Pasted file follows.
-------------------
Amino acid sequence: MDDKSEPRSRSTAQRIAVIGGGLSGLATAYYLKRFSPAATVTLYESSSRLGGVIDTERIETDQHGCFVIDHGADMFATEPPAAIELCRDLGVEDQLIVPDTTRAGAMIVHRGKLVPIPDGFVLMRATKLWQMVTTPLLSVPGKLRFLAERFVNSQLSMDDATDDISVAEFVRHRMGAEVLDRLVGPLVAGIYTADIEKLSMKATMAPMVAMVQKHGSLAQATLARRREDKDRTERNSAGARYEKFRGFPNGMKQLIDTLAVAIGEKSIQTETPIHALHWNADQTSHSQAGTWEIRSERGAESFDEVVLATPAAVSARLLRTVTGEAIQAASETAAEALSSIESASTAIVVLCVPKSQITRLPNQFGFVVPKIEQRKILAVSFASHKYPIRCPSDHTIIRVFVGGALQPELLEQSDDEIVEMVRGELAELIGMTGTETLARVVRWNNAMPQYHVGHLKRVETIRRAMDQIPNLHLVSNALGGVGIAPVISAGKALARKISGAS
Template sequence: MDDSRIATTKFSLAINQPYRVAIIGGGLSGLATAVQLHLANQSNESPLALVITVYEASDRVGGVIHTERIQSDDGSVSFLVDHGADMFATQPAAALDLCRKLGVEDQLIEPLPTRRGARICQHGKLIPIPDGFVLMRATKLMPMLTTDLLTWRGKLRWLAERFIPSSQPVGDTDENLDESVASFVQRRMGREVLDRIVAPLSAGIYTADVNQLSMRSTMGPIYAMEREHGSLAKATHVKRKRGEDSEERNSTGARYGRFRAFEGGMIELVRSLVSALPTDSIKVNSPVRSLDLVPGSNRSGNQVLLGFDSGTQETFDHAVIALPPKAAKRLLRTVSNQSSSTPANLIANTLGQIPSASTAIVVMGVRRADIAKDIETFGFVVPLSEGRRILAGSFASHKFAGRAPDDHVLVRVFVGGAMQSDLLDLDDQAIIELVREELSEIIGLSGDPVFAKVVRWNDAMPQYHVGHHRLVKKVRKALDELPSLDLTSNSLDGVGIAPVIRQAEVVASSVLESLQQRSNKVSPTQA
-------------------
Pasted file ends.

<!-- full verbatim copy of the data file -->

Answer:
Amino acid sequence: MDDKSEPRSRSTAQRIAVIGGGLSGLATAYYLKRFSPAATVTLYESSSRLGGVIDTERIETDQHGCFVIDHGADMFATEPPAAIELCRDLGVEDQLIVPDTTRAGAMIVHRGKLVPIPDGFVLMRATKLWQMVTTPLLSVPGKLRFLAERFVNSQLSMDDATDDISVAEFVRHRMGAEVLDRLVGPLVAGIYTADIEKLSMKATMAPMVAMVQKHGSLAQATLARRREDKDRTERNSAGARYEKFRGFPNGMKQLIDTLAVAIGEKSIQTETPIHALHWNADQTSHSQAGTWEIRSERGAESFDEVVLATPAAVSARLLRTVTGEAIQAASETAAEALSSIESASTAIVVLCVPKSQITRLPNQFGFVVPKIEQRKILAVSFASHKYPIRCPSDHTIIRVFVGGALQPELLEQSDDEIVEMVRGELAELIGMTGTETLARVVRWNNAMPQYHVGHLKRVETIRRAMDQIPNLHLVSNALGGVGIAPVISAGKALARKISGAS
Template sequence: MDDSRIATTKFSLAINQPYRVAIIGGGLSGLATAVQLHLANQSNESPLALVITVYEASDRVGGVIHTERIQSDDGSVSFLVDHGADMFATQPAAALDLCRKLGVEDQLIEPLPTRRGARICQHGKLIPIPDGFVLMRATKLMPMLTTDLLTWRGKLRWLAERFIPSSQPVGDTDENLDESVASFVQRRMGREVLDRIVAPLSAGIYTADVNQLSMRSTMGPIYAMEREHGSLAKATHVKRKRGEDSEERNSTGARYGRFRAFEGGMIELVRSLVSALPTDSIKVNSPVRSLDLVPGSNRSGNQVLLGFDSGTQETFDHAVIALPPKAAKRLLRTVSNQSSSTPANLIANTLGQIPSASTAIVVMGVRRADIAKDIETFGFVVPLSEGRRILAGSFASHKFAGRAPDDHVLVRVFVGGAMQSDLLDLDDQAIIELVREELSEIIGLSGDPVFAKVVRWNDAMPQYHVGHHRLVKKVRKALDELPSLDLTSNSLDGVGIAPVIRQAEVVASSVLESLQQRSNKVSPTQA